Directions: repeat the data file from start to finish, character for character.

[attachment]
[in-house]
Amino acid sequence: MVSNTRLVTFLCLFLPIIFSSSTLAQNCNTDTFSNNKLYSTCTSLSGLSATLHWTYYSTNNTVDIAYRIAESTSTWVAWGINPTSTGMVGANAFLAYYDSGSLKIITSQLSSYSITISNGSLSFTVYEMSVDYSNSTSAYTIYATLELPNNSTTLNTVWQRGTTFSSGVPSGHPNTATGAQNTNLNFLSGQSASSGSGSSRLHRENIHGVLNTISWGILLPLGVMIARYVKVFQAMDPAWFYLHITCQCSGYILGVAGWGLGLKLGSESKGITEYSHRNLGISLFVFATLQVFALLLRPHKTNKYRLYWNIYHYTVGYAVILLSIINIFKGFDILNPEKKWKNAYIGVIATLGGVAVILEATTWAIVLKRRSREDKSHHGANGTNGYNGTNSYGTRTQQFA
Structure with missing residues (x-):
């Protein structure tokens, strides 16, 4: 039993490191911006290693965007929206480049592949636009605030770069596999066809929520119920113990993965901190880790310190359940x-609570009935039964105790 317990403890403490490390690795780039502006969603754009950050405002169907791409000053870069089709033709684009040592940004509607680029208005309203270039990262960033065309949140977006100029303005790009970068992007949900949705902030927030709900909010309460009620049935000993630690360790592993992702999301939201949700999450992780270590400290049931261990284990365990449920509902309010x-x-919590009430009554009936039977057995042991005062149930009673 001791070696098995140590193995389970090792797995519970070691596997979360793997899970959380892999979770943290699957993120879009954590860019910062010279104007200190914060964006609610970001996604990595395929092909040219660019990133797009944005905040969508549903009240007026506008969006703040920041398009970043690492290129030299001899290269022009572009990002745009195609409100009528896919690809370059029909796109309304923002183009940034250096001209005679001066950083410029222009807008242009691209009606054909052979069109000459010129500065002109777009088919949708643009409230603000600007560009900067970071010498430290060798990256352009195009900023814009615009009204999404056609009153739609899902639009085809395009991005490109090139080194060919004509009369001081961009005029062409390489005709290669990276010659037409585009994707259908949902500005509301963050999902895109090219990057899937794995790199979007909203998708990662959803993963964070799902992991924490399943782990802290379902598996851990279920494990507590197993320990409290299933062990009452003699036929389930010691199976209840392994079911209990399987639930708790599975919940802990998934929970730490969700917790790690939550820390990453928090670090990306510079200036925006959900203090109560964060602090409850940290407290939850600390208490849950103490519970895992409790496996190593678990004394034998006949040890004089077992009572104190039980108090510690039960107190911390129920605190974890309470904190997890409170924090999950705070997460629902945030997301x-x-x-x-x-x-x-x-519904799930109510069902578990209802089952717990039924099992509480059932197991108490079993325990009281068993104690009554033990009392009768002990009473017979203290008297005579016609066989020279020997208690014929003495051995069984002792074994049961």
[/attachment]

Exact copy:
[in-house]
Amino acid sequence: MVSNTRLVTFLCLFLPIIFSSSTLAQNCNTDTFSNNKLYSTCTSLSGLSATLHWTYYSTNNTVDIAYRIAESTSTWVAWGINPTSTGMVGANAFLAYYDSGSLKIITSQLSSYSITISNGSLSFTVYEMSVDYSNSTSAYTIYATLELPNNSTTLNTVWQRGTTFSSGVPSGHPNTATGAQNTNLNFLSGQSASSGSGSSRLHRENIHGVLNTISWGILLPLGVMIARYVKVFQAMDPAWFYLHITCQCSGYILGVAGWGLGLKLGSESKGITEYSHRNLGISLFVFATLQVFALLLRPHKTNKYRLYWNIYHYTVGYAVILLSIINIFKGFDILNPEKKWKNAYIGVIATLGGVAVILEATTWAIVLKRRSREDKSHHGANGTNGYNGTNSYGTRTQQFA
Structure with missing residues (x-):
């Protein structure tokens, strides 16, 4: 039993490191911006290693965007929206480049592949636009605030770069596999066809929520119920113990993965901190880790310190359940x-609570009935039964105790 317990403890403490490390690795780039502006969603754009950050405002169907791409000053870069089709033709684009040592940004509607680029208005309203270039990262960033065309949140977006100029303005790009970068992007949900949705902030927030709900909010309460009620049935000993630690360790592993992702999301939201949700999450992780270590400290049931261990284990365990449920509902309010x-x-919590009430009554009936039977057995042991005062149930009673 001791070696098995140590193995389970090792797995519970070691596997979360793997899970959380892999979770943290699957993120879009954590860019910062010279104007200190914060964006609610970001996604990595395929092909040219660019990133797009944005905040969508549903009240007026506008969006703040920041398009970043690492290129030299001899290269022009572009990002745009195609409100009528896919690809370059029909796109309304923002183009940034250096001209005679001066950083410029222009807008242009691209009606054909052979069109000459010129500065002109777009088919949708643009409230603000600007560009900067970071010498430290060798990256352009195009900023814009615009009204999404056609009153739609899902639009085809395009991005490109090139080194060919004509009369001081961009005029062409390489005709290669990276010659037409585009994707259908949902500005509301963050999902895109090219990057899937794995790199979007909203998708990662959803993963964070799902992991924490399943782990802290379902598996851990279920494990507590197993320990409290299933062990009452003699036929389930010691199976209840392994079911209990399987639930708790599975919940802990998934929970730490969700917790790690939550820390990453928090670090990306510079200036925006959900203090109560964060602090409850940290407290939850600390208490849950103490519970895992409790496996190593678990004394034998006949040890004089077992009572104190039980108090510690039960107190911390129920605190974890309470904190997890409170924090999950705070997460629902945030997301x-x-x-x-x-x-x-x-519904799930109510069902578990209802089952717990039924099992509480059932197991108490079993325990009281068993104690009554033990009392009768002990009473017979203290008297005579016609066989020279020997208690014929003495051995069984002792074994049961």